Swiss swimmer Flavia Rigamonti will once again represent her country's best medal hopes at this week's world short course championships in Moscow.
The 21-year-old student is one of 19 Swiss swimmers set to compete in the Russian capital. Following a convincing warm-up at the North American University Championships, where she won two races, Rigamonti appears to be in good shape for a Moscow medal.
"Anything other than a medal would be disappointing for Rigamonti herself," agreed Swiss swimming chief Pierre-André Weber before the squad's departure.
The young star from canton Ticino, who is currently studying at the Southern Methodist University in Texas, already has two bronze medals from previous world short course championships and is also the reigning European short course champion in her specialist 800 metre freestyle discipline.
Run of success
If she can make a podium place in Moscow, Rigamonti will be able to celebrate her ninth major medal win in seven years, furthering a run of success that began with a silver medal at the first ever European short course championships in 1996 - when Rigamonti was just 15 years old.
As far as the ambitions of the rest of the squad go, Weber is hoping to see the Swiss build on their impressive performances at last year's European short course championships in Antwerp. Although Rigamonti again stole the Swiss headlines in the Belgian city with her gold medal win over 800 metres, the squad as a whole came away with nine further final places and 15 new national records.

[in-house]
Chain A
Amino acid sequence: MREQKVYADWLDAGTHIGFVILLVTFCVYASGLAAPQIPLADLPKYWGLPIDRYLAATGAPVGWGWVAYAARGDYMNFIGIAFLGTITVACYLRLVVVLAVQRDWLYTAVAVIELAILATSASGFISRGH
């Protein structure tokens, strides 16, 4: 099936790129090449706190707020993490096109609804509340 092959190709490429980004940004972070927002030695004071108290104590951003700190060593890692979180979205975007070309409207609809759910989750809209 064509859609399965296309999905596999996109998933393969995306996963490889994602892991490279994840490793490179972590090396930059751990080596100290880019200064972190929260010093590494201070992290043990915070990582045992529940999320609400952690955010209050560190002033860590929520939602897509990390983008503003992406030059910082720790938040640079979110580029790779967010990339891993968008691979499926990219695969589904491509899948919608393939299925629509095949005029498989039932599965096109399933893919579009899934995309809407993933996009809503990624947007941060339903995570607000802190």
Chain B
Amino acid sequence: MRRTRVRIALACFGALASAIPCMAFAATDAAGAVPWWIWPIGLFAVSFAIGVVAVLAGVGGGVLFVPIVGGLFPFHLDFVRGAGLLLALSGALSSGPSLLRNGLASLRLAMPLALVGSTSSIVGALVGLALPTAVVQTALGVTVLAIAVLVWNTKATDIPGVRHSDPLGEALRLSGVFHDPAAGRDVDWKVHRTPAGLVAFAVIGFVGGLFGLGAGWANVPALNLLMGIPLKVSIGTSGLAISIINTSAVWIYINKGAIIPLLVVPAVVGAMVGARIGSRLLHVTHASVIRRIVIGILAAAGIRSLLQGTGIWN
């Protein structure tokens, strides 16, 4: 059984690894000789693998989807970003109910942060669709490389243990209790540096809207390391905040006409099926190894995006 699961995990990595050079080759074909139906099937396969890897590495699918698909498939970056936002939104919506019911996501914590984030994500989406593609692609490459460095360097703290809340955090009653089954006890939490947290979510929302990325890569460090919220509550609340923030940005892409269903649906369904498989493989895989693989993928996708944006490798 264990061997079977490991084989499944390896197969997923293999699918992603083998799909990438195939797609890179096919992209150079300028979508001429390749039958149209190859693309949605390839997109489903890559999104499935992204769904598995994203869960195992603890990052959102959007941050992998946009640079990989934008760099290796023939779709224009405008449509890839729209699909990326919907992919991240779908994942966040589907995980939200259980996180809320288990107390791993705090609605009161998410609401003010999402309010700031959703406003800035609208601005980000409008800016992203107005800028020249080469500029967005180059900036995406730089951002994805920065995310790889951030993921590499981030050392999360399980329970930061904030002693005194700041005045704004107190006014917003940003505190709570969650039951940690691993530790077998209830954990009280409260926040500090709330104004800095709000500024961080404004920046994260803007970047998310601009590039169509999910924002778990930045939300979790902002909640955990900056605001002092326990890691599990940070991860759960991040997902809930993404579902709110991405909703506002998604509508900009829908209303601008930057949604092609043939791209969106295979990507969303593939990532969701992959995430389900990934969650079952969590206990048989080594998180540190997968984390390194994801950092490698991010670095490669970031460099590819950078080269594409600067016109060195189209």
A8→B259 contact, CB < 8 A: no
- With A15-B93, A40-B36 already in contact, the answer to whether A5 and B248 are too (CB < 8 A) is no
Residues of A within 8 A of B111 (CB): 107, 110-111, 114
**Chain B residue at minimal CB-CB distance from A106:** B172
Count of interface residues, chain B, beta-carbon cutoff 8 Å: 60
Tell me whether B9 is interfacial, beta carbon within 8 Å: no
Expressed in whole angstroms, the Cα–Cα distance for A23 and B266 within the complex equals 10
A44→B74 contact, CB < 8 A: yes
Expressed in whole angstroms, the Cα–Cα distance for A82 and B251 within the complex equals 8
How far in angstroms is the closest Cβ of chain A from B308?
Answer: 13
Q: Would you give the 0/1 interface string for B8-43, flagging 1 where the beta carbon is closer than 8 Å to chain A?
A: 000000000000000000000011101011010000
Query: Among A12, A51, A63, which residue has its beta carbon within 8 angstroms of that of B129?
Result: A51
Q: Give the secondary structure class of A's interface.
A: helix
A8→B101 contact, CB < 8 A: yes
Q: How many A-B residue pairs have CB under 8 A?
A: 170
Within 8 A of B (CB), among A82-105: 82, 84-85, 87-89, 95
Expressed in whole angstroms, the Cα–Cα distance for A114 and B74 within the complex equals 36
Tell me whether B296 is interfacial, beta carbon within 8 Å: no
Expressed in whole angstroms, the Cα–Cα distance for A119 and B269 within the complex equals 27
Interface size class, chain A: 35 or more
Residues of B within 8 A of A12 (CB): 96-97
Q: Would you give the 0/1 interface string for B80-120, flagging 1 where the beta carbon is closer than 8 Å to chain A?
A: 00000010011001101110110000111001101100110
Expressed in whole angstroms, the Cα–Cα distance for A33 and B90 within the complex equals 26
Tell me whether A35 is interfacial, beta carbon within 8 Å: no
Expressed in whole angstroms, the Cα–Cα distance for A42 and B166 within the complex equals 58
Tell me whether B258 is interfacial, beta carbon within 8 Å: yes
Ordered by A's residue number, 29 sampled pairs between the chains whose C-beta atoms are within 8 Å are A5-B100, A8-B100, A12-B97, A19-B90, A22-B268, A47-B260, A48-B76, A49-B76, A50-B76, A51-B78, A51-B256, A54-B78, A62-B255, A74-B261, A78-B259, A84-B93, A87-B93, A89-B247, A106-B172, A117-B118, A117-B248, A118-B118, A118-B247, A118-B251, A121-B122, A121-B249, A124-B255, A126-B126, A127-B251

"I definitely want to see us make further strides in Moscow," said Weber. "But I'm not making any predictions about how many medals we might win - that would be too speculative."
Among those bidding for a place in the finals will be Dominique Diezi, Chantal Strasser, Nicole Zahnd, Remo Lütolf, Karel Novy and Yves Platel. Lütolf is the only member of the squad other than Rigamonti to have already won a medal at the short course world championships - having won bronze in the 50 metre breast stroke at the 1999 Hong Kong event.
The hopes of the Swiss swimmers in Moscow could rise sharply as a result of some high-profile withdrawals among their international rivals.
Australian superstar Ian Thorpe is staying away to concentrate on his preparations for July's Commonwealth Games, while his compatriot Michael Klim is out injured.
Holland's multiple Olympic champions Inge de Bruijn and Pieter van den Hoogenband have also decided to skip the Moscow event while many of Germany's top swimmers are choosing to focus on this summer's European Championships in Berlin.
swissinfo with agencies